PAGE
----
Brill’s New Pauly

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(234 words)

[German version]

The Ionian philosopher  Heraclitus [1] was considered one of the ‘scattered’ (οἱ σποράδην; oi sporádēn) philosophers in antiquity, i.e. as one who had no place in the successive sequences of teachers and students.

Tradition mentions no students in the strict sense but speaks of followers of Heraclitus. A Heraclitean could be anyone who was philosophically dependent on Heraclitus in some manner (cf.  Democriteans). Some of the ‘Heraclitizing’ thinkers (Ἡρακλειτίζοντες; Hērakleitízontes), of whom  Cratylus is usually the only one named, seem to have car…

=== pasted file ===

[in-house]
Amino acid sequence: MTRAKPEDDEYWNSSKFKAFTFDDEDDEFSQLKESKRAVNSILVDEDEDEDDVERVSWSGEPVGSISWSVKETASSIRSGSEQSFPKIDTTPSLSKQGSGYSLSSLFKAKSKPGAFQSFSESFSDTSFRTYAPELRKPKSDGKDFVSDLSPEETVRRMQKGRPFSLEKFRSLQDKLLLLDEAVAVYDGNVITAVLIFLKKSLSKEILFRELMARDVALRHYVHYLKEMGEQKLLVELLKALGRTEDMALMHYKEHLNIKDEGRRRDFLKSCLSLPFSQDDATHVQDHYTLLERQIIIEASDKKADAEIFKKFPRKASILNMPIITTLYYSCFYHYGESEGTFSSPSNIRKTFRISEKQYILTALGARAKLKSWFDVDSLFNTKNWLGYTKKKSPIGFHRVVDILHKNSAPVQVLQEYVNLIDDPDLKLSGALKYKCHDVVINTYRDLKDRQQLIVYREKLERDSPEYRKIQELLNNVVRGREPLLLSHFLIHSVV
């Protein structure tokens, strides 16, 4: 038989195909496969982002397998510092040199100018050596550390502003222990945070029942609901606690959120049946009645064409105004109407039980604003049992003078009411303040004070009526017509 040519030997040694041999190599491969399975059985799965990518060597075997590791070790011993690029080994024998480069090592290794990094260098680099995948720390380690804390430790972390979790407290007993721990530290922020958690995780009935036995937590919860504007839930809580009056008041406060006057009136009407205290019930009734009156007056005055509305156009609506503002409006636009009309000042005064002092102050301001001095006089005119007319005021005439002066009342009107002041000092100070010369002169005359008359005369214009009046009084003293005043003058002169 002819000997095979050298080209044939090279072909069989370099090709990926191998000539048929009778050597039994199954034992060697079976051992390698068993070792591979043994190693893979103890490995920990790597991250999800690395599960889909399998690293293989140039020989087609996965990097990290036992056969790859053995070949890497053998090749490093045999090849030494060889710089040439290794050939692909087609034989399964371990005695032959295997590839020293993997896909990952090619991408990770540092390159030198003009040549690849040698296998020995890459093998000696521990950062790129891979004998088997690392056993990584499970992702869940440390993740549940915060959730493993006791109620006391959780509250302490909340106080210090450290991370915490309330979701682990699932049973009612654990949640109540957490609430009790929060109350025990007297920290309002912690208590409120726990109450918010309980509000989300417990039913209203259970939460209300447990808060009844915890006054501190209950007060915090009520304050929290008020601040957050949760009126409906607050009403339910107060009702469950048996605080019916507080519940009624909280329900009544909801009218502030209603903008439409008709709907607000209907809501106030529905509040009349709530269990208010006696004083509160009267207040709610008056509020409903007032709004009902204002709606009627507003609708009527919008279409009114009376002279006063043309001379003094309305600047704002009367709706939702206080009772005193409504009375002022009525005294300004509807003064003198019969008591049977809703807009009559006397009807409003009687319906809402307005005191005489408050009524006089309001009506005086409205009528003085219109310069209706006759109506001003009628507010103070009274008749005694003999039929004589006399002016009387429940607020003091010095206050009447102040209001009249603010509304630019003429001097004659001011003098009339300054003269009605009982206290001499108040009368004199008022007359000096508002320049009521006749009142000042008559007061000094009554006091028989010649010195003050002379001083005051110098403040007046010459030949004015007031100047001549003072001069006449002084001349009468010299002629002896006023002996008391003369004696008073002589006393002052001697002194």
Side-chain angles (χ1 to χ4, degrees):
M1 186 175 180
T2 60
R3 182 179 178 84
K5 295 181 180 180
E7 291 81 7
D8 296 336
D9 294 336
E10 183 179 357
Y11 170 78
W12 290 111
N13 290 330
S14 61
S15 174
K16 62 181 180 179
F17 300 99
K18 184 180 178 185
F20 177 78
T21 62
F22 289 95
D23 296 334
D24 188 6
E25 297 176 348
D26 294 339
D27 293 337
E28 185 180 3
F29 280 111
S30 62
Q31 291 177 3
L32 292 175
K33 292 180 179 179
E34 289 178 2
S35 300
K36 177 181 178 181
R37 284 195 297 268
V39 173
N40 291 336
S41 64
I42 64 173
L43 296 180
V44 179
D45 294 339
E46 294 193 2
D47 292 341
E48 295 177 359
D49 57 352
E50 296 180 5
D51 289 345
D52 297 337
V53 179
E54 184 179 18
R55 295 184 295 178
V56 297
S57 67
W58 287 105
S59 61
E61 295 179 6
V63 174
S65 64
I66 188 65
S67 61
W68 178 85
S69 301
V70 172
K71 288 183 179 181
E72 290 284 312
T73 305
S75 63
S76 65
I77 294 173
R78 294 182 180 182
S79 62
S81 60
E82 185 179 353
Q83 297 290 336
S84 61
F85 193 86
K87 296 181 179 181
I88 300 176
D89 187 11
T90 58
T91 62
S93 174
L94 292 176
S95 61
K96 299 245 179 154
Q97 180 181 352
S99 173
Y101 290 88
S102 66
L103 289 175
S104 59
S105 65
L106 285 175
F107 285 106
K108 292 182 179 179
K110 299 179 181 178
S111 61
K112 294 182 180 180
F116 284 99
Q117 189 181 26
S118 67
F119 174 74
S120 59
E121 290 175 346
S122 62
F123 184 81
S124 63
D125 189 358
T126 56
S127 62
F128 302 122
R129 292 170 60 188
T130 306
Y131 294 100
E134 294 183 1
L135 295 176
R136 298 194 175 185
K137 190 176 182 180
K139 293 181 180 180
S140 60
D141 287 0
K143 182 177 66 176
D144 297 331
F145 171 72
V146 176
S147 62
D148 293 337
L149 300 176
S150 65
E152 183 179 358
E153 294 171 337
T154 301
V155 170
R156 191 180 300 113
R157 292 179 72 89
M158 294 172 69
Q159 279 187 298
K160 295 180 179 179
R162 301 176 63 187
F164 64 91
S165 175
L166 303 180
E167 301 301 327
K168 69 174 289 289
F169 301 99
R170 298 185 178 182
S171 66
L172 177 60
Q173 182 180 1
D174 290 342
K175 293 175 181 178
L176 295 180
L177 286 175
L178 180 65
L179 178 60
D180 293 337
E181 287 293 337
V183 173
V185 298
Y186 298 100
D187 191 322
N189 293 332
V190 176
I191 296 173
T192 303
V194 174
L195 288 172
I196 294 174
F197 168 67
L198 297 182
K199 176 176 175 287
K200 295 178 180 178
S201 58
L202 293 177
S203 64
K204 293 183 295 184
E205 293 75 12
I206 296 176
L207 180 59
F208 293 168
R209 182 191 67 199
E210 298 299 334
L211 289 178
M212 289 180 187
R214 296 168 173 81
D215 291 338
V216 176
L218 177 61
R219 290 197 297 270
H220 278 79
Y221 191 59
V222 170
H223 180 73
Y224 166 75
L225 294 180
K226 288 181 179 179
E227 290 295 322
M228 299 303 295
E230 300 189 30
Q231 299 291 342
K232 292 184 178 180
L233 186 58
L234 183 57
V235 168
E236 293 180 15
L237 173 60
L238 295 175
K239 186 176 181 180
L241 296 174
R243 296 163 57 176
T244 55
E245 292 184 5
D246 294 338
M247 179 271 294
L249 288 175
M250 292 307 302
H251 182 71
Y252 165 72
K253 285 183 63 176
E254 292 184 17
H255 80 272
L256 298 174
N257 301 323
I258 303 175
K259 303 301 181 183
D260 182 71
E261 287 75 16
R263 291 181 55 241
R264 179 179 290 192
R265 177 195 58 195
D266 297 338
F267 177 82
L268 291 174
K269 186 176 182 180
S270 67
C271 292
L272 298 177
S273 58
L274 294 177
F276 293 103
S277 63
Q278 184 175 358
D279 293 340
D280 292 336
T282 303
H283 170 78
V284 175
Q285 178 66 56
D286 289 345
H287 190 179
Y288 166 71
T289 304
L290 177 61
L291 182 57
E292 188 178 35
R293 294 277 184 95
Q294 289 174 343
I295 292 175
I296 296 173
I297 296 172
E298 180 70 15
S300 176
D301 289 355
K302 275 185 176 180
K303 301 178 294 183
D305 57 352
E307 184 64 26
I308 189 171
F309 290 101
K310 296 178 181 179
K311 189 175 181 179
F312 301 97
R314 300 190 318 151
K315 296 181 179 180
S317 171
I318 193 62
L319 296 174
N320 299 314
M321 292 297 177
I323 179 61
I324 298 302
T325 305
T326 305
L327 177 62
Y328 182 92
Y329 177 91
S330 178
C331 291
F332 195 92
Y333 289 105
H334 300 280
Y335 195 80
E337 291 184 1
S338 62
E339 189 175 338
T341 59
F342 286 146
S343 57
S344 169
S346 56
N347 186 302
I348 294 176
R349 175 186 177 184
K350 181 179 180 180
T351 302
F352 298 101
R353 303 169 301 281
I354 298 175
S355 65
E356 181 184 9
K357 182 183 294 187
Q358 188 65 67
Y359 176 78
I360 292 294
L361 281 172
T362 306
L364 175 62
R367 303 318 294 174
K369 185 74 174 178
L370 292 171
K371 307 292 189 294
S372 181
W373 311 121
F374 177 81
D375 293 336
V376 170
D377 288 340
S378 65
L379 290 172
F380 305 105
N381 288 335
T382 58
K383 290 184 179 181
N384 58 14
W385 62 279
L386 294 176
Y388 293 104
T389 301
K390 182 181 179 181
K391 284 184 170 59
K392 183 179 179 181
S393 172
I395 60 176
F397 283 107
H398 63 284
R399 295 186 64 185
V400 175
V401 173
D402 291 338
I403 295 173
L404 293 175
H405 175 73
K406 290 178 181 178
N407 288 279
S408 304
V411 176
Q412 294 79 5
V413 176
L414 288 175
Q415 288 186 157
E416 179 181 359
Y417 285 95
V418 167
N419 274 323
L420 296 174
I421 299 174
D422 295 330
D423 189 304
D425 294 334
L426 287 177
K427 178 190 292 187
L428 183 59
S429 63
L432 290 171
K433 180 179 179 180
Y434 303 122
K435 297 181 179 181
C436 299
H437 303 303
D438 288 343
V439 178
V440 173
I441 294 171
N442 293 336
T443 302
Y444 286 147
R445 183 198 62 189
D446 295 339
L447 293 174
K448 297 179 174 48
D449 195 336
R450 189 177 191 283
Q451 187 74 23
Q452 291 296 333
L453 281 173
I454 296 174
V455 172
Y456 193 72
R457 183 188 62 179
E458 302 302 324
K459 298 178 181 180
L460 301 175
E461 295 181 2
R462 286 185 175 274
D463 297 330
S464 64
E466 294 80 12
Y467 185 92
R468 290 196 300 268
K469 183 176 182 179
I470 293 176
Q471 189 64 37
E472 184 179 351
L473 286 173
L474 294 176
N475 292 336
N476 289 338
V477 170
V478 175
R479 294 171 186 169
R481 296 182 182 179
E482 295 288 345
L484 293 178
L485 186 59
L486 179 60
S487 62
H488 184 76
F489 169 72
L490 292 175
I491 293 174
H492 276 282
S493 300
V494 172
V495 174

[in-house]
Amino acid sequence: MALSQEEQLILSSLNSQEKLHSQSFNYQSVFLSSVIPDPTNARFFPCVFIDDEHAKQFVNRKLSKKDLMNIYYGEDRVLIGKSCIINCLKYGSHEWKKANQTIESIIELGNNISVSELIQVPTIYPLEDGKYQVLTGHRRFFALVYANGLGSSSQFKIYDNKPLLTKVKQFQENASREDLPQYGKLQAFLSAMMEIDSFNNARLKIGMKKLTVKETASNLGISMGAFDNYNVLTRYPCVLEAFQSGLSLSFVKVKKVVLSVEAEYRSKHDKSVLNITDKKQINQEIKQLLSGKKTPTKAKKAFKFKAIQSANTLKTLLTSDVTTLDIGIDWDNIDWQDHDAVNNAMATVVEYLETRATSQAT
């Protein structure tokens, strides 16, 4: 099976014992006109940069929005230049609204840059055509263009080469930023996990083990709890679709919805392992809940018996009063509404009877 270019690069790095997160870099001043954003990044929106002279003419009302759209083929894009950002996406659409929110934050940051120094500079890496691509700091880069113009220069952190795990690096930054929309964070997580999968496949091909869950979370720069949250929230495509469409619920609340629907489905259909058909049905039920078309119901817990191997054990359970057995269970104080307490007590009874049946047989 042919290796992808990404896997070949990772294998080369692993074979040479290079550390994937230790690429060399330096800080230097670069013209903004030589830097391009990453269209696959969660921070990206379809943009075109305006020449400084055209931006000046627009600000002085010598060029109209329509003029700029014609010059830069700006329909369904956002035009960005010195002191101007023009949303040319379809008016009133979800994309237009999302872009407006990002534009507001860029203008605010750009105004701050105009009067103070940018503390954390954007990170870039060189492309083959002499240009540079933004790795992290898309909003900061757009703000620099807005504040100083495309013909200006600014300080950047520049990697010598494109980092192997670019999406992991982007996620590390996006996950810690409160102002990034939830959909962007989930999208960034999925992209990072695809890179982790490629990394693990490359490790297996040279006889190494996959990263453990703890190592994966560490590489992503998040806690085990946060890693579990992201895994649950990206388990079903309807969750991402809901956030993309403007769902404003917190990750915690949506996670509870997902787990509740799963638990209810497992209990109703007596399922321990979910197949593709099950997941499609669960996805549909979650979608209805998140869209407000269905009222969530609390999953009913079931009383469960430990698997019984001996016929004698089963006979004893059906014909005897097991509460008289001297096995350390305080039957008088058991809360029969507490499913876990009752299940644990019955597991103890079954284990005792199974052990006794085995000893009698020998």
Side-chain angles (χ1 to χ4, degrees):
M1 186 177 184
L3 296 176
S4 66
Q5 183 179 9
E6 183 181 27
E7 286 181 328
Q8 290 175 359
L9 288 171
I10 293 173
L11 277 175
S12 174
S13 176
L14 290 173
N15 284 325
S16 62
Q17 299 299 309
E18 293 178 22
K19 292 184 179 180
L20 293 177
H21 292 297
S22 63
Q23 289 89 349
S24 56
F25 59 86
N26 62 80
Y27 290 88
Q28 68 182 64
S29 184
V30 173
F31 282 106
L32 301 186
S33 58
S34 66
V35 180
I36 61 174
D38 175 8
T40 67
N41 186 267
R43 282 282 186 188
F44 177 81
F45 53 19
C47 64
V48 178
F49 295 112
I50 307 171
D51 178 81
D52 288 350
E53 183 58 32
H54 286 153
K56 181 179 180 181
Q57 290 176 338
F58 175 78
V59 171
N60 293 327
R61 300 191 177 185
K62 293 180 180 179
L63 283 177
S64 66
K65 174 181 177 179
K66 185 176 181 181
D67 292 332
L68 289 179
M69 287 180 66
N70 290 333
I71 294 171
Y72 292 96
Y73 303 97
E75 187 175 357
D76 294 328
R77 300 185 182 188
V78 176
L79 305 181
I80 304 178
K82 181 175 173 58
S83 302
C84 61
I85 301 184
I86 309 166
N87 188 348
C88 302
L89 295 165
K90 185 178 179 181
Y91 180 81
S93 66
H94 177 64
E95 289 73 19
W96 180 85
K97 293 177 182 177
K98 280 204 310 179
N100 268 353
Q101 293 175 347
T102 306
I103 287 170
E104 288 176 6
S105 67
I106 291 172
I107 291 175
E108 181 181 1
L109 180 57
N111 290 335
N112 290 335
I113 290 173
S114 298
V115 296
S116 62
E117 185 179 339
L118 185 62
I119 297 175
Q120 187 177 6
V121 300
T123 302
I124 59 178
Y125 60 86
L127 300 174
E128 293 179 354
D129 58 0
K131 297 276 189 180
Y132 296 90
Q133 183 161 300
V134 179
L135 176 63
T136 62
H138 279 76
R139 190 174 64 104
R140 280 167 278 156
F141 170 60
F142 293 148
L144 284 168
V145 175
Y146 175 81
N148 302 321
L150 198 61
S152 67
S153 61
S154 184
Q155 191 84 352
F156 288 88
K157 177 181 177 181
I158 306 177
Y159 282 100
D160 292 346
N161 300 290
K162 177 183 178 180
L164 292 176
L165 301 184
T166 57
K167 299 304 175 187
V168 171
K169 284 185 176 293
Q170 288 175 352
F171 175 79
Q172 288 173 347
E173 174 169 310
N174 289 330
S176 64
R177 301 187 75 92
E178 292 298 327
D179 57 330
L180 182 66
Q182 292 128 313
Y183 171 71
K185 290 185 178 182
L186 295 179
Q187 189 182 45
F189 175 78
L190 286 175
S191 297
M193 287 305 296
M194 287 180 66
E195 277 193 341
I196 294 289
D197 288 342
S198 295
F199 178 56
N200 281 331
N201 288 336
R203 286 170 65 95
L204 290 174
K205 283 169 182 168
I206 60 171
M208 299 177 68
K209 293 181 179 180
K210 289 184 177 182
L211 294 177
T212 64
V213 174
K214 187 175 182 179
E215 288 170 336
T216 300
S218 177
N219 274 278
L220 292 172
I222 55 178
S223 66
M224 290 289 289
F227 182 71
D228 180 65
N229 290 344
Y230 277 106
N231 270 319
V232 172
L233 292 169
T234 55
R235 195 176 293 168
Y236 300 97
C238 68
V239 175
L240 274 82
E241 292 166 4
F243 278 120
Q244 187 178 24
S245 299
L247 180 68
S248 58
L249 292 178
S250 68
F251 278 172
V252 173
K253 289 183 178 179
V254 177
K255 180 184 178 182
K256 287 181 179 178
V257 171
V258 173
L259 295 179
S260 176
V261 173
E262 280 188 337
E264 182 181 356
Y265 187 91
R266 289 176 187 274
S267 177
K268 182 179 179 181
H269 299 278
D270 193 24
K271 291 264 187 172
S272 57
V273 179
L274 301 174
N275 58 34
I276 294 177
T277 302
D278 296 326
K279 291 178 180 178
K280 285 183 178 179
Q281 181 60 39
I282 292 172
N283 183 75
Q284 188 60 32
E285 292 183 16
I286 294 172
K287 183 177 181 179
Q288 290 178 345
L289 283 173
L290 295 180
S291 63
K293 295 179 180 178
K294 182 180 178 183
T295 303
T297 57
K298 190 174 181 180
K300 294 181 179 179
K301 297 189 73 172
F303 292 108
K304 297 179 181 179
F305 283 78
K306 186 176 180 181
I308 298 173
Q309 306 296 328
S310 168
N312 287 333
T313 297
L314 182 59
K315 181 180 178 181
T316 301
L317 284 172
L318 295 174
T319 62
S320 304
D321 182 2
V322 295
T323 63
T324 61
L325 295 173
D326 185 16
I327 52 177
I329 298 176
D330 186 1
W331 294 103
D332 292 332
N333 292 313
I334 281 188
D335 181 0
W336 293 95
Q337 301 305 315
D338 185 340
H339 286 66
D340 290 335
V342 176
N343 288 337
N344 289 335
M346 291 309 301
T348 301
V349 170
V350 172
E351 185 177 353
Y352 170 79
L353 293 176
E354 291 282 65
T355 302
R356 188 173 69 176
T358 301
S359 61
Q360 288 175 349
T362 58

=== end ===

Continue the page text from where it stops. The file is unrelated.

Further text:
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Betegh, Gábor (Budapest), “Heracliteans”, in: Brill’s New Pauly, Antiquity volumes edited by: Hubert Cancik and , Helmuth Schneider, English Edition by: Christine F. Salazar, Classical Tradition volumes edited by: Manfred Landfester, English Edition by: Francis G. Gentry. Consulted online on 16 June 2021 <>
First published online: 2006
First print edition: 9789004122598, 20110510

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